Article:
Thursday, August 04, 2005

Roma Victor!

Mark Mossa, SJ of You Duped Me, Lord has found another awesome vocation poster. His readers have also engaged in quite a discussion on whether or not these posters are appropriate or not. Some think the posters may do more harm than good:
Okay, I think I've officially gotten old. I wasn't terribly impressed with these posters. And though I enjoyed both the movies being referenced, I have to ask about the link between priesthood and characters whose use of brutal violence is central to their "vocation." And what is the vision of priesthood being communicated? The lone spiritual warrior? Is that going to attract men who will be capable of leading and forming communities of Christian discipleship?
Others think the marketing has merit:
I can see where Peter is coming from with the violence angle. But look at the posters. The Gladiator priest isn't holding a sword (I actually can't tell what he's holding the picture is so small.) and the Matrix Priests' weapon is ...a Rosary. That's what makes these visuals so compelling for me. The weapons for these spiritual warriors are spiritual.

I have done some reading on various priests' and seminarians' blogs where they are concerned about effeminacy spreading in the seminary. I think that the other message that these posters convey is that priests are Men, not, for lack of a better term, girly men.

Full disclosure: I loved both films and have seen them ad naseum. Having said that, I love the idea of using the characters in posters to promote vocations. I'll address the posters one at a time, beginning with the Neo poster.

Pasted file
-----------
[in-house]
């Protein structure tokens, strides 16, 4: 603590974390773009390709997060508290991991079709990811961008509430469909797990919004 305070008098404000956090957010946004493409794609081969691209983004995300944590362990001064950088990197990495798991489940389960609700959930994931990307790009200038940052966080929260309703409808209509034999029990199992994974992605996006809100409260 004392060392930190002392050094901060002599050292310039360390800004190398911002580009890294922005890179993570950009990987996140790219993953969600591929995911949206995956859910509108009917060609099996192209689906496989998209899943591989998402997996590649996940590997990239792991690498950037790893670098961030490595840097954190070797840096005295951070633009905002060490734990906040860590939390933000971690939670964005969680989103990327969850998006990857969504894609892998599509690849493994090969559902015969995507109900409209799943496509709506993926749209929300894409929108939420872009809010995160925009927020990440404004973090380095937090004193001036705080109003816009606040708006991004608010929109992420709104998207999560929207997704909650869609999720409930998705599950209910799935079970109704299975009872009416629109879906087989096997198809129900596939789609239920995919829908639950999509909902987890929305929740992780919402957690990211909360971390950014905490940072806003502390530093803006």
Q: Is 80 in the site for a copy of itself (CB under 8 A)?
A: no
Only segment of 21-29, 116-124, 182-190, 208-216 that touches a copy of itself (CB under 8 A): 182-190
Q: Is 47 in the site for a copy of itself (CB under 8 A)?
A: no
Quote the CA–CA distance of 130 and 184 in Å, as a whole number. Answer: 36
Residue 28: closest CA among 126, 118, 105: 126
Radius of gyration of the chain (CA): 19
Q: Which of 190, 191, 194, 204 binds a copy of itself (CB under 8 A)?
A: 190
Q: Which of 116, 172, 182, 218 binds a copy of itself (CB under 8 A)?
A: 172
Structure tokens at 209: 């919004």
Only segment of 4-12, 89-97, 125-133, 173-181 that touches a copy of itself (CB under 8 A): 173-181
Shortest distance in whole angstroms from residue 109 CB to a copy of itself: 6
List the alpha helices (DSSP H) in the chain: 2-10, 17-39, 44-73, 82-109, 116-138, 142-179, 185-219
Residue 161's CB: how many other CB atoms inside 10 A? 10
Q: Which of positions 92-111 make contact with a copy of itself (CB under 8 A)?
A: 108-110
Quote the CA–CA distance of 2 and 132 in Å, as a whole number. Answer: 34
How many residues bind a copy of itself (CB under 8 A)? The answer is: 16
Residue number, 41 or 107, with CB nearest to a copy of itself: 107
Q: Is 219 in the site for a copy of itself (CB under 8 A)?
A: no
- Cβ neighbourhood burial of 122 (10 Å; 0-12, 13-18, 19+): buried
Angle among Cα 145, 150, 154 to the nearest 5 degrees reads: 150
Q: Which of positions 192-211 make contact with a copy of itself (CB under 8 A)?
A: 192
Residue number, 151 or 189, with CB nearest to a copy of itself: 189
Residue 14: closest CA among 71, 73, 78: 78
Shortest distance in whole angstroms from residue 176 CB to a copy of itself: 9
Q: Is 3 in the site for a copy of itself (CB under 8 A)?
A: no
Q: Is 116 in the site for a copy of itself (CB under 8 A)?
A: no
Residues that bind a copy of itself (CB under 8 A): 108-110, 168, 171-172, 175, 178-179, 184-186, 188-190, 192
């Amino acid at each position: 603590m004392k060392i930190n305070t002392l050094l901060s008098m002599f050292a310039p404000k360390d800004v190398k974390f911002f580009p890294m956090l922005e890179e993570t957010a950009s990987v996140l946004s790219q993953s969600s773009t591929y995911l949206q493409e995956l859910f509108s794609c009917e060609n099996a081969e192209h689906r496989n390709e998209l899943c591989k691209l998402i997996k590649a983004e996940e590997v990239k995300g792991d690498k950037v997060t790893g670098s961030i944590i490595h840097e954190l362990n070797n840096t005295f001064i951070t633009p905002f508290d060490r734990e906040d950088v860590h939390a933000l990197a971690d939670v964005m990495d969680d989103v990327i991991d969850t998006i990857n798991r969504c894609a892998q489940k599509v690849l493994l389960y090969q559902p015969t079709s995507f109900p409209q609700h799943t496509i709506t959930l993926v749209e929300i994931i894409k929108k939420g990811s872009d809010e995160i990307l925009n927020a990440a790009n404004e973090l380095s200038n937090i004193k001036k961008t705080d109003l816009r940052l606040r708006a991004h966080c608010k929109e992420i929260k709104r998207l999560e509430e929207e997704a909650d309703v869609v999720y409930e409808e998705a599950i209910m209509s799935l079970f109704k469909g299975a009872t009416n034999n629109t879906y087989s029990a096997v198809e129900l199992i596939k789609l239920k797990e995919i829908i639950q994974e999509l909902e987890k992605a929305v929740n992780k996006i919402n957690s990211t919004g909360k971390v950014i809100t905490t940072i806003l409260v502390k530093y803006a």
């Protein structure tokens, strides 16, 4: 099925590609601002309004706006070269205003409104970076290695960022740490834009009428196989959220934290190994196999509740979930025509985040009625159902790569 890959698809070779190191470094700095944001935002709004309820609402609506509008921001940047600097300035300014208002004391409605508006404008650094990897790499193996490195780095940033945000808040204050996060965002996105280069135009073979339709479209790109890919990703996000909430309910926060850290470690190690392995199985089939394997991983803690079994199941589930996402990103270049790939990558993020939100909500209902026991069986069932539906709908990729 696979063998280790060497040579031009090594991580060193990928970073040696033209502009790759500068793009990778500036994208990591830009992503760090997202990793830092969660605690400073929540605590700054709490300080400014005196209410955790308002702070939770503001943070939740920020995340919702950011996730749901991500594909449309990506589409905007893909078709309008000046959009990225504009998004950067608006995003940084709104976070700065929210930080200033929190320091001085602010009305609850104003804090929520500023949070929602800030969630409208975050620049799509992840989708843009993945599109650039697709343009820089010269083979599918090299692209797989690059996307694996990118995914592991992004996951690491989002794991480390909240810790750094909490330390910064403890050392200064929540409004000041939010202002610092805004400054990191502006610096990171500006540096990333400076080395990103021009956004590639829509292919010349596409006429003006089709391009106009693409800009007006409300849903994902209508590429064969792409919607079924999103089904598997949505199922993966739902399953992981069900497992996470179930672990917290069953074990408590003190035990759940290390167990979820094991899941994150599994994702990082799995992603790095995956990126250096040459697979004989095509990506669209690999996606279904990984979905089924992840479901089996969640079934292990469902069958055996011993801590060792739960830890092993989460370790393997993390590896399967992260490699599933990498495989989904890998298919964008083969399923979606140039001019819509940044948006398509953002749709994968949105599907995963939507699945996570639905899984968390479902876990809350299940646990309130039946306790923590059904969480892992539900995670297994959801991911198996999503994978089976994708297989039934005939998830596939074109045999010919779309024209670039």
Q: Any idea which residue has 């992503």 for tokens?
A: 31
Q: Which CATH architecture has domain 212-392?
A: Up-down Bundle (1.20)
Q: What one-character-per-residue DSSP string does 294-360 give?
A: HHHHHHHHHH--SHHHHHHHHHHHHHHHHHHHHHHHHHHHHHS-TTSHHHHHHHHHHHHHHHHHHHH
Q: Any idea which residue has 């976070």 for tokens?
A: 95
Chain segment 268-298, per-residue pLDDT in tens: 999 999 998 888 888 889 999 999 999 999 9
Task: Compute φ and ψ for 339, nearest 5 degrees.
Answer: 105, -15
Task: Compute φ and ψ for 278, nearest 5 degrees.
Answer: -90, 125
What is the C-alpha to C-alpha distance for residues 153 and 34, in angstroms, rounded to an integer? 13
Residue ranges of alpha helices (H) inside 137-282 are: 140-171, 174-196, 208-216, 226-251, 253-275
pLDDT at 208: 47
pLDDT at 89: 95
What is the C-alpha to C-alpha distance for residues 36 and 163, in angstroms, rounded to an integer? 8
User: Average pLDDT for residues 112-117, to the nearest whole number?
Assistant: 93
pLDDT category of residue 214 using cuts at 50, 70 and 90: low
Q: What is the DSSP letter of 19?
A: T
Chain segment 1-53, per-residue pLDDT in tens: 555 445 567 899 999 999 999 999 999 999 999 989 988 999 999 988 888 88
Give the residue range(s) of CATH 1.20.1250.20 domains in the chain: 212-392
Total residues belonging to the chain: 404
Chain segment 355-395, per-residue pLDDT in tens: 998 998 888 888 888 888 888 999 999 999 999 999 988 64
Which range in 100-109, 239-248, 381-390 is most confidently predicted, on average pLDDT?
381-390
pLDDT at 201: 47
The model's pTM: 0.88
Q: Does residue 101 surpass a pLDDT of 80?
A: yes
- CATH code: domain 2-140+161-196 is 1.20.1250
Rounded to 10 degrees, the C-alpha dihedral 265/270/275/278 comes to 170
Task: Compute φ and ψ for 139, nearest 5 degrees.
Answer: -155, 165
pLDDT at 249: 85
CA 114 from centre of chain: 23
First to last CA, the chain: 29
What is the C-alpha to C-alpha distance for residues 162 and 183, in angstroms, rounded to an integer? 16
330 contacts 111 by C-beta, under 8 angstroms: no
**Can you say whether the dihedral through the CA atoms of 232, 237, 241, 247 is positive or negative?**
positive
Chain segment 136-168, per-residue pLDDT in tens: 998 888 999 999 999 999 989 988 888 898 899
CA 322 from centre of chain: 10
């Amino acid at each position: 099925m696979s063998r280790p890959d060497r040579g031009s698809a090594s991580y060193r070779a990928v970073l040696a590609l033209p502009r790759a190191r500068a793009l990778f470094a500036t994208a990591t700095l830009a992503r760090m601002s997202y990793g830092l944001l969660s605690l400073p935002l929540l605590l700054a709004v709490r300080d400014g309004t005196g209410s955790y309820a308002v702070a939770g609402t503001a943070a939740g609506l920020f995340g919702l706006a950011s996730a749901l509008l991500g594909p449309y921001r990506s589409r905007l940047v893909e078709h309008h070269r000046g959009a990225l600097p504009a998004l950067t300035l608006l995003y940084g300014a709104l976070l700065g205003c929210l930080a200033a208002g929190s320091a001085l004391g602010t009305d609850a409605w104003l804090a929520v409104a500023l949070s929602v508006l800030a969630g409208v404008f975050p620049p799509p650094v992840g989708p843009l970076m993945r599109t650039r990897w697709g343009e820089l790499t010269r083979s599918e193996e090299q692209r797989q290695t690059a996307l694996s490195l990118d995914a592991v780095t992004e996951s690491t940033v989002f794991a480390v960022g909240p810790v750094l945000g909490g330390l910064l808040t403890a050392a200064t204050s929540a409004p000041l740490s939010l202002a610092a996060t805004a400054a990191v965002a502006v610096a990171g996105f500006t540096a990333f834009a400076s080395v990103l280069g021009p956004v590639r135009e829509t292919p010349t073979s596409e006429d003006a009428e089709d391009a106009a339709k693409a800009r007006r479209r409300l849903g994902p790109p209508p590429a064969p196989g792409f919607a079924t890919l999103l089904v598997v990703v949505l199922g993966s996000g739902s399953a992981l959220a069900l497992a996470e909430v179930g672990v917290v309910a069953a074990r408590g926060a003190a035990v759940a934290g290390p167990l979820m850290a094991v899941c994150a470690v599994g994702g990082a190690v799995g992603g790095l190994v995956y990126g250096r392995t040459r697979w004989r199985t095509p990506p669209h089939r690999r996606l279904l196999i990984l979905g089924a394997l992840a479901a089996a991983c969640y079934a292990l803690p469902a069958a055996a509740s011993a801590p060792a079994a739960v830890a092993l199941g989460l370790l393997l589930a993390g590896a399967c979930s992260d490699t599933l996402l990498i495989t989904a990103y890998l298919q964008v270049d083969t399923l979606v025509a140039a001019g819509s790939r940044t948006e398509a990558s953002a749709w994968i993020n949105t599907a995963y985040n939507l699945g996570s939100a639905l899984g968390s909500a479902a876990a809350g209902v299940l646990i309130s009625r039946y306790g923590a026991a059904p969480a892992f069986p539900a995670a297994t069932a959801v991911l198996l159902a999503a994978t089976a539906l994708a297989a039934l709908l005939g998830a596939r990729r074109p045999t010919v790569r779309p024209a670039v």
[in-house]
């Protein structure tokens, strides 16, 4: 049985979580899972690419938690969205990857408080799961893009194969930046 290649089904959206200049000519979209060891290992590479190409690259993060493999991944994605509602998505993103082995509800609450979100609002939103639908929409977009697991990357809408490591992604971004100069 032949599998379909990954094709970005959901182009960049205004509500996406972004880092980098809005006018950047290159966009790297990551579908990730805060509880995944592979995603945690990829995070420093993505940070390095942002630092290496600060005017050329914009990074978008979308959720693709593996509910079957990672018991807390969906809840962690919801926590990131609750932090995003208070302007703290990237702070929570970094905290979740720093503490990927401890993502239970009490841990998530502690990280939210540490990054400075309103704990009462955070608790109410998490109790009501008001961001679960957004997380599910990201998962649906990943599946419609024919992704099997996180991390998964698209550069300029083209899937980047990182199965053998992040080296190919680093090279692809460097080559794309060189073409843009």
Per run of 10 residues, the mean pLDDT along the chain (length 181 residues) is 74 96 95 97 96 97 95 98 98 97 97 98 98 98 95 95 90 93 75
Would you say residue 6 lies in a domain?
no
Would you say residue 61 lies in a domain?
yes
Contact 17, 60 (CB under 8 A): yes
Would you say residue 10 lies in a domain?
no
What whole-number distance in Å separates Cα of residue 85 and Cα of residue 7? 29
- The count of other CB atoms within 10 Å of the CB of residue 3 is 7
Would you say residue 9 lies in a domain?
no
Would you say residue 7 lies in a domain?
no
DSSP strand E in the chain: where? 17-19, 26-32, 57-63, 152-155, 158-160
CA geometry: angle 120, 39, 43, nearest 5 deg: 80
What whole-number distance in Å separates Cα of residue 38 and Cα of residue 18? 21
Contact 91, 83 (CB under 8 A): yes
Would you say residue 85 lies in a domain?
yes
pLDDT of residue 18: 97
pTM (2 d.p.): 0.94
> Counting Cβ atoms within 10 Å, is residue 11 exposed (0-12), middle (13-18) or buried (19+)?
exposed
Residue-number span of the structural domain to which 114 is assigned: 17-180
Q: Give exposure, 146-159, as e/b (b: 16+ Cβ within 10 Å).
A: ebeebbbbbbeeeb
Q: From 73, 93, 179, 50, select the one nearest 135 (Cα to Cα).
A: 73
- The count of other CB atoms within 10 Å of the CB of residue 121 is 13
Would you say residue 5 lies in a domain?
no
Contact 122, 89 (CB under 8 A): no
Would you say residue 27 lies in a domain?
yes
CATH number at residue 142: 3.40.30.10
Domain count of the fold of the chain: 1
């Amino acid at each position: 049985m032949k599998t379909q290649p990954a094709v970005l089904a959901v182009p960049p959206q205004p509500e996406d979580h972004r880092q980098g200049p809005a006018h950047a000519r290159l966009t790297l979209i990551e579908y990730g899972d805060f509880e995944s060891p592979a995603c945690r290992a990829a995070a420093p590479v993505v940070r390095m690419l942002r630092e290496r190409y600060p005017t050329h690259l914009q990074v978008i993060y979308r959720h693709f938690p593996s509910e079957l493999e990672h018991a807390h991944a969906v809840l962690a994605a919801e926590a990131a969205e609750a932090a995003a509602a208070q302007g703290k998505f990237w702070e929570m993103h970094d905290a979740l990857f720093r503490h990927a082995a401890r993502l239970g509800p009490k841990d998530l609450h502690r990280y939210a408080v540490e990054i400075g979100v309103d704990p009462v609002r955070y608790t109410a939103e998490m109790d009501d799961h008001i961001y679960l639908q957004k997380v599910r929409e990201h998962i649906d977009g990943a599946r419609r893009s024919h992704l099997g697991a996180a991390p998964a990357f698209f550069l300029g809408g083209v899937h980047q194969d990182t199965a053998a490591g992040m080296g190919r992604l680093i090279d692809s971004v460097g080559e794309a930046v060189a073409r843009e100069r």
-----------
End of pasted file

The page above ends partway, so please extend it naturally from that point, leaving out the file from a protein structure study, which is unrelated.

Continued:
First of all, Neo from the Matrix is definately a Christ figure in the movie. Secondly, as a messiah, he comes to a people in bondage to bring them to freedom. Creation is not the enemy in the movie; the guilded cage of the mind is what enslaves humanity. When one considers the symbolism of Neo--apart from the violence that he enacts--then it's clear that the priest insert becomes a compelling one. As a Catholic ordained to become in persona Christi, A priest comes to all of us to lead us to freedom in Christ.

Maximus from Gladiator is also an appropriate icon for the priesthood. Again, look at the Character's symbolism within the film. Maximus is the dedicated servant. Even when he's a slave that fights for his life in the Colleseum, he remembers the dream that is Rome. He schemes with Senator Grachus and the corrupt Emperor's sister to depose the usurper. In the end, he fights the villain to save his sister's son. He models fidelity and sacrifice. Aren't these characteristics we admire in good priests?

I believe these posters can go a long way to helping our dysfunctional culture re-envision who a priest is. I'm looking forward to seeing more.